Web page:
Oxford Green Belt


Last modified:
16th December 2021

Despite its special ‘protected’ status, the Oxford Green Belt faces almost constant threats from land owners, developers and the councils.

It is often said that the Green Belt is one of the few planning policies recognised by the public. The concept of having a “green belt” around London to restrain appalling urban sprawl was promoted by CPRE and others from about 1930. Proposals for the Oxford Green Belt were submitted in 1958, but for various reasons were not formally approved until 1975. As of 2017, the Green Belt around Oxford covers 34,910 hectares (approx. 13% of land area of county).

Oxford is an ancient city and its historic setting within a shallow valley, its dreaming spires and its timeless appearance make it one of the world’s greatest and most beautiful urban environments. The Green Belt preserves its unique character.

The Green Belt has safeguarded land from development for more than 50 years, preserving the unique setting and character of the historic city of Oxford and preventing uncontrolled urban sprawl.

Despite the long-standing strategy for Oxfordshire’s market towns to absorb growth within the county to relieve pressures in Oxford, the 21st century has seen the Green Belt under serious threats from development, as the city pushes for urban expansion and developers cast their covetous eyes on the open countryside around our prosperous city.

We have campaigned for decades to protect and strengthen our Green Belt and make full use of the opportunities it provides for people to appreciate the countryside right on our doorstep. It is an important and irreplaceable environmental resource that helps to promote locally grown food, supports wildlife and provides a much-loved breathing space for city dwellers.

Research from Natural England concluded that after fifty years the Oxford Green Belt is still a vital environmental asset.

It is:

  • The best means of protecting the Oxfordshire countryside from urban sprawl
  • A valuable resource for people to exercise and enjoy peace and quiet
  • A large area of truly rural landscape on the edge of our historic city
  • Important for agriculture and of growing importance for wildlife.

CPRE Oxfordshire strongly believes that the Green Belt remains a vital tool in promoting sustainable forms of living, safeguarding the open countryside and protecting the character of one of England’s ancient cities.

The Oxford Green Belt is under threat as never before – we need your help to protect it for future generations!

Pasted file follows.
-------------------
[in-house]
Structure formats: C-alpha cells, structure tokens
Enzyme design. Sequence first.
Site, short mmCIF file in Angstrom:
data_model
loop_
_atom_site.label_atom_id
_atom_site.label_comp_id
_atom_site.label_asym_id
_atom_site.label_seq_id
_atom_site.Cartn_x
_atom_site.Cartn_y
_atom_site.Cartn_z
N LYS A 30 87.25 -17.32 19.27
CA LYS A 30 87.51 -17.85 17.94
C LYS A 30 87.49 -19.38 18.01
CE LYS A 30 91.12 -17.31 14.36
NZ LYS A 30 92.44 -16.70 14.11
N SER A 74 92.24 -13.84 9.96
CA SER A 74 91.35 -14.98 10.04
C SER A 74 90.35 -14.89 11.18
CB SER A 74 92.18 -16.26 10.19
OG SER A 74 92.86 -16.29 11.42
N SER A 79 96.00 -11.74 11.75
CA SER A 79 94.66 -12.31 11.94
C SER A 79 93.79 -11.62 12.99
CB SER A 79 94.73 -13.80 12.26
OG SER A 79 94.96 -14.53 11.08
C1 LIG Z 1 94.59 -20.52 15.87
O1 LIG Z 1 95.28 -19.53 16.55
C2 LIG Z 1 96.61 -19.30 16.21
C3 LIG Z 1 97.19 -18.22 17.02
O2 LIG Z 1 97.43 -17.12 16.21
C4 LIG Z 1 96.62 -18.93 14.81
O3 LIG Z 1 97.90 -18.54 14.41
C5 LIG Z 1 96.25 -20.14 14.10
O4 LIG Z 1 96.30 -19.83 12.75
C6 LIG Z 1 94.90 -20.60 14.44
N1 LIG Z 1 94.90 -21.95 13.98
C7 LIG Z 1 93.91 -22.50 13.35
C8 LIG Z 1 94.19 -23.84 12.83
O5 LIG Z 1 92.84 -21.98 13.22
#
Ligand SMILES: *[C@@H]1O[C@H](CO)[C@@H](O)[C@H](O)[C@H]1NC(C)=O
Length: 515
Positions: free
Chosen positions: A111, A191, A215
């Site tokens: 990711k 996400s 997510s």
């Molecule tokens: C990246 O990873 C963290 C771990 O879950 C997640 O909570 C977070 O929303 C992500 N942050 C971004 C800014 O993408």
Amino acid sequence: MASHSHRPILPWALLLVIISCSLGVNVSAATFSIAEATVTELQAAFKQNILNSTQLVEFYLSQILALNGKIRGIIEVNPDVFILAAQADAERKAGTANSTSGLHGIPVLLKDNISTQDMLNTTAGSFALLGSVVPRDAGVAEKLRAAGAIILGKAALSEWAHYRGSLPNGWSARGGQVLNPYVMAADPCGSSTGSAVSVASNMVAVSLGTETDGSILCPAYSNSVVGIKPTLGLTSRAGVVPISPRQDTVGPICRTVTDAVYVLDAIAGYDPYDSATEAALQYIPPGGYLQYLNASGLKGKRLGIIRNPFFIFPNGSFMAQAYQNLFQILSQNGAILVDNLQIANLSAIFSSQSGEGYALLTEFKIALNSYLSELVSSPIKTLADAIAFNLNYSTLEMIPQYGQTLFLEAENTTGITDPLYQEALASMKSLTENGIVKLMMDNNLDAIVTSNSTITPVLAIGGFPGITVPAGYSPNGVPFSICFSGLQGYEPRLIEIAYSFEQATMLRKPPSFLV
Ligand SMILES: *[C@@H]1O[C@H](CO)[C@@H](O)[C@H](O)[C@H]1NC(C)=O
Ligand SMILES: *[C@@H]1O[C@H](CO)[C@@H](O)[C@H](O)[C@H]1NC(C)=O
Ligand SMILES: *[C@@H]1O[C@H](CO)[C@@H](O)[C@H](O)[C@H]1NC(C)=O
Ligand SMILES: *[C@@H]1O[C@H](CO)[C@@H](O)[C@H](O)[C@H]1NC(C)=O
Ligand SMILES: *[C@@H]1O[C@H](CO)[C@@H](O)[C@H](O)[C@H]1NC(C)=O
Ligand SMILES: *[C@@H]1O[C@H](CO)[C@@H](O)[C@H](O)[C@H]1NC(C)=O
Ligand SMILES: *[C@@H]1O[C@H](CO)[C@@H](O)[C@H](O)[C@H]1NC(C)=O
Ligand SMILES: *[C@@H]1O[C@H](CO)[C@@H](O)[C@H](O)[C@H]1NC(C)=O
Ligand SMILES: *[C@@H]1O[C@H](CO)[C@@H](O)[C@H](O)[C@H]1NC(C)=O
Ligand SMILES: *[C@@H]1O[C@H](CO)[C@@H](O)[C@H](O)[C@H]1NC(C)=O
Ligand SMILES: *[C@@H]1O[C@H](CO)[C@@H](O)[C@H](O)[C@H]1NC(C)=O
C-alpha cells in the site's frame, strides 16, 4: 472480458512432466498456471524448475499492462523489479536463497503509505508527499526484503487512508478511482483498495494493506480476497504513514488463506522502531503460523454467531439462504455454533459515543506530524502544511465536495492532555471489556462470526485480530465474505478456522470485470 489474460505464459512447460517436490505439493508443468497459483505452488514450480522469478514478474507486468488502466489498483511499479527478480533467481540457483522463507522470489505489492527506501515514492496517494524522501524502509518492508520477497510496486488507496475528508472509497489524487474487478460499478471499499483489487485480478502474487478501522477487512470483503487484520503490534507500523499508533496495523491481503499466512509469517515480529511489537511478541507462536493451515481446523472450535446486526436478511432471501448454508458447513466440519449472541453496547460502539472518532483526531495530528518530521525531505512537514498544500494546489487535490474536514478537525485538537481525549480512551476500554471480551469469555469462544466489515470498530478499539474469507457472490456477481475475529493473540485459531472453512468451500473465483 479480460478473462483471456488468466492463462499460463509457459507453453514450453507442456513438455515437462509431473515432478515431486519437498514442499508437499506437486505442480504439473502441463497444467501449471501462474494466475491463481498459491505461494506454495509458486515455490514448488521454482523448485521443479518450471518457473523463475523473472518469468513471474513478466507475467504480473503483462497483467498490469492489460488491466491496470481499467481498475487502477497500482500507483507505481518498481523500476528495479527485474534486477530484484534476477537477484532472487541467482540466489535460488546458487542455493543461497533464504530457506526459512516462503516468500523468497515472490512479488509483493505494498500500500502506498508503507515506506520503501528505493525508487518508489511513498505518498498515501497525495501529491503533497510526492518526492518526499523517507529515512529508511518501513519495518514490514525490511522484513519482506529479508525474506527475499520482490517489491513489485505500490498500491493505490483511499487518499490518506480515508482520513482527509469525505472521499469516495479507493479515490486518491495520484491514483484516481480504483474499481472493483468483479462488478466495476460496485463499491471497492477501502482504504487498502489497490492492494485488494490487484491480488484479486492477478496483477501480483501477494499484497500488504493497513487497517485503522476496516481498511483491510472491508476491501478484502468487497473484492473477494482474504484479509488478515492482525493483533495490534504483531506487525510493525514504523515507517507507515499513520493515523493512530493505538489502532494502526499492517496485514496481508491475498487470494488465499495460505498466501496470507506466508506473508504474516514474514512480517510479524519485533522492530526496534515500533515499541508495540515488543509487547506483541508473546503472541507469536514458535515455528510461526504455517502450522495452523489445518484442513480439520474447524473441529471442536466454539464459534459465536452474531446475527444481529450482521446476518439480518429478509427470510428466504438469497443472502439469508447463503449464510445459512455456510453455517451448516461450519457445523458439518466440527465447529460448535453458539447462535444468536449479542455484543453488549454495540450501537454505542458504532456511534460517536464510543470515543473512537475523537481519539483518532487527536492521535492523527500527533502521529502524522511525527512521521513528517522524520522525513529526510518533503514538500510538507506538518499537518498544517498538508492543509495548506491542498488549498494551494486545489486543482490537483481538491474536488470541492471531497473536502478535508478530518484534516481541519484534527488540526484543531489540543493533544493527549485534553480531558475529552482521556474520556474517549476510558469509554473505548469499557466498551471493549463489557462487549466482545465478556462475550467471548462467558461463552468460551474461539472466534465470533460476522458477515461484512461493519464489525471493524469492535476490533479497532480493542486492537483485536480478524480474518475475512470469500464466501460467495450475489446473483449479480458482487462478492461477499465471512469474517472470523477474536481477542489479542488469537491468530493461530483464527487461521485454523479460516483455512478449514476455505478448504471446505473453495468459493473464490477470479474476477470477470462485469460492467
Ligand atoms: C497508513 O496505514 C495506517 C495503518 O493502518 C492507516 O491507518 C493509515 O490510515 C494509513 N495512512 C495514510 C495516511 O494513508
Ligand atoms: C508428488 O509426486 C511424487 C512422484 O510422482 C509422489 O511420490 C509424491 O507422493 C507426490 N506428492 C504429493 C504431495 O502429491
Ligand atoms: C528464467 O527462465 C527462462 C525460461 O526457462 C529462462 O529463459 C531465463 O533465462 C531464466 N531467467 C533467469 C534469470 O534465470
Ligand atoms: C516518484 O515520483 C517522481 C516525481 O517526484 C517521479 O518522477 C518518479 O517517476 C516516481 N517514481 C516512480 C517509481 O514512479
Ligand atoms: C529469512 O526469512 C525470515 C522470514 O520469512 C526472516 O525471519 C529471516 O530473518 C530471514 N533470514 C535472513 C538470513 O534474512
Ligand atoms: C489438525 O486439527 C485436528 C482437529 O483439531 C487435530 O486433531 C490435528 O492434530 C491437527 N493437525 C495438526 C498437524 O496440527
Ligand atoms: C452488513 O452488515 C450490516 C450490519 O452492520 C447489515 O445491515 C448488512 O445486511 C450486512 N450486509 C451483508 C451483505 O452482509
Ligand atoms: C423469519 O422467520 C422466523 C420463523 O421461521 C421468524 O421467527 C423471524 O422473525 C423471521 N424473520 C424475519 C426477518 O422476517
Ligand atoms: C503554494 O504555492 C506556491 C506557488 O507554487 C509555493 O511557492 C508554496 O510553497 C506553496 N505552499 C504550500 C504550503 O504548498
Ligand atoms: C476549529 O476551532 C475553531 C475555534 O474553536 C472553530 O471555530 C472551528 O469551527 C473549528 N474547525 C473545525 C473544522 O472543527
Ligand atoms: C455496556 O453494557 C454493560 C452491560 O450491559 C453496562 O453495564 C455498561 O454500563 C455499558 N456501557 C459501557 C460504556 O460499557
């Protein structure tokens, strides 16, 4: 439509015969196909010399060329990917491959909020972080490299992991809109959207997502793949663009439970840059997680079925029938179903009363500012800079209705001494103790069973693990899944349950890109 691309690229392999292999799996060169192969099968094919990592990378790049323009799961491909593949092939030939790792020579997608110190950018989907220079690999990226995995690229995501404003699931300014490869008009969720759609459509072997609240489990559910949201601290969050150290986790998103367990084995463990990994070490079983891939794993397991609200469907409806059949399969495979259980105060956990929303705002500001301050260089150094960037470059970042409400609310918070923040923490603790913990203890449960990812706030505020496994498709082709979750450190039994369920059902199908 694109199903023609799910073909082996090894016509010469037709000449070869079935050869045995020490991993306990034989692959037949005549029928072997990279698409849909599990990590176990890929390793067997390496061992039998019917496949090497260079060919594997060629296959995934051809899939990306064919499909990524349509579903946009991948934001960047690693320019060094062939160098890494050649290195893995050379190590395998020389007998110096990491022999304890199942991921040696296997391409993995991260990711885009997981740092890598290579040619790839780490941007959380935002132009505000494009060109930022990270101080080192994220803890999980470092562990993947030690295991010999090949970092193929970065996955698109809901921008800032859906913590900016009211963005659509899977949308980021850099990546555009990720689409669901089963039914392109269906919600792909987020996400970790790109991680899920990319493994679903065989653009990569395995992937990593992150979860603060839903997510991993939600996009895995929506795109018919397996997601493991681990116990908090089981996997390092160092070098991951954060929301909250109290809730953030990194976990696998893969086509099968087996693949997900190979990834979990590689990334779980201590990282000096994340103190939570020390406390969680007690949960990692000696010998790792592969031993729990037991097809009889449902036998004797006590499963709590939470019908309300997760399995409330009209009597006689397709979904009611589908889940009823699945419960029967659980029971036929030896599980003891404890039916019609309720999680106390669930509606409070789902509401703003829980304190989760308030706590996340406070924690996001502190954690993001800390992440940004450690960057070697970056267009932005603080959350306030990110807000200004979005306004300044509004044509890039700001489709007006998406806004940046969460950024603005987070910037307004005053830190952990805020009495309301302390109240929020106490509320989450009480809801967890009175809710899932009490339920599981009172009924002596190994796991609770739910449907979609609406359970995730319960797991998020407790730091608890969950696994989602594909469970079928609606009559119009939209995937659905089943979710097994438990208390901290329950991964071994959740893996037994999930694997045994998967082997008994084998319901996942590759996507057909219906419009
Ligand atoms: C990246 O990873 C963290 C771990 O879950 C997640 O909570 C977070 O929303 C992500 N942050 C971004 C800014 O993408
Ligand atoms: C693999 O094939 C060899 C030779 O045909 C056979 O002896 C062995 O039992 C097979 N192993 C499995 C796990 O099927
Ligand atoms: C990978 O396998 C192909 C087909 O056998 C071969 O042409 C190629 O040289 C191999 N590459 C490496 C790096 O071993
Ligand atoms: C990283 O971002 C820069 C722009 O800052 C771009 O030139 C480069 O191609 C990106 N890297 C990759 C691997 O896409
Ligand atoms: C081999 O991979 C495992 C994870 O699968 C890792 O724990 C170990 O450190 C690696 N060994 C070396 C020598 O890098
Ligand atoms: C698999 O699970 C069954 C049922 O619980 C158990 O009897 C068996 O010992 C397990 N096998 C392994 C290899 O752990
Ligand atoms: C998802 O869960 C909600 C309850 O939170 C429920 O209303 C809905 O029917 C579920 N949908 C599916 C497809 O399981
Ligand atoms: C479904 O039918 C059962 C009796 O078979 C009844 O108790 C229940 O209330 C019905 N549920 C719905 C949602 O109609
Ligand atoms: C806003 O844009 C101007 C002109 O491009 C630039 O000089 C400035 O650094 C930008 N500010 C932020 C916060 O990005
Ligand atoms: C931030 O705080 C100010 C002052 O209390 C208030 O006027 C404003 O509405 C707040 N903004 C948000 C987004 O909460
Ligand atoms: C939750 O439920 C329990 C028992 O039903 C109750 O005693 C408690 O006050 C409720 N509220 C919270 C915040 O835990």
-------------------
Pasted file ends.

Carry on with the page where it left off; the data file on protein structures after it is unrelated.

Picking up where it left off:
76% of people believe the Oxford Green Belt should remain open and undeveloped. Download the report below.

Green Belt 2020 with legend 50


Government policy on the Green Belt was reviewed in early 2012 as part of the new National Planning Policy Framework (NPPF). CPRE campaigned hard to maintain strong protection for the Green Belt. The final wording is, in our view, not as strong as previous policy guidance but still highlights the significant value of this landscape.

The NPPF says: ‘The fundamental aim of Green Belt policy is to prevent urban sprawl by keeping land permanently open; the essential characteristics of Green Belts are their openness and their permanence.’

It also sets out the five key purposes of Green Belts:

  • To check the unrestricted sprawl of large built-up areas
  • To prevent neighbouring towns merging into one another
  • To assist in safeguarding the countryside from encroachment
  • To preserve the setting and special character of historic towns
  • To assist in urban regeneration, by encouraging the recycling of derelict and other urban land.

The NPPF says that a local planning authority has an obligation to ‘plan positively to enhance the beneficial use of the Green Belt, such as looking for opportunities to provide access; to provide opportunities for outdoor sport and recreation; to retain and enhance landscapes, visual amenity and biodiversity; or to improve damaged and derelict land.’‘As with previous Green Belt policy, inappropriate development is, by definition, harmful to the Green Belt and should not be approved except in very special circumstances.

‘When considering any planning application, local planning authorities should ensure that substantial weight is given to any harm to the Green Belt. ‘Very special circumstances’ will not exist unless the potential harm to the Green Belt by reason of inappropriateness, and any other harm, is clearly outweighed by other considerations.’

With a few exceptions, such as limited outdoor sport or recreation facilities, or cemeteries, most new buildings in the Green Belt are considered inappropriate.

Certain other forms of development, such as mineral extraction and local transport infrastructure, may be considered, provided they preserve the openness of the Green Belt and do not conflict with the purposes of including land in Green Belt.

Read CPRE Oxfordshire’s responses to date within the Resources section on the website.

Want to explore the Oxford Green Belt? CPRE Oxfordshire has produced a guide to the Oxford Green Belt Way, a fifty mile circular walk around Oxford, created by CPRE Oxfordshire. Find out more here.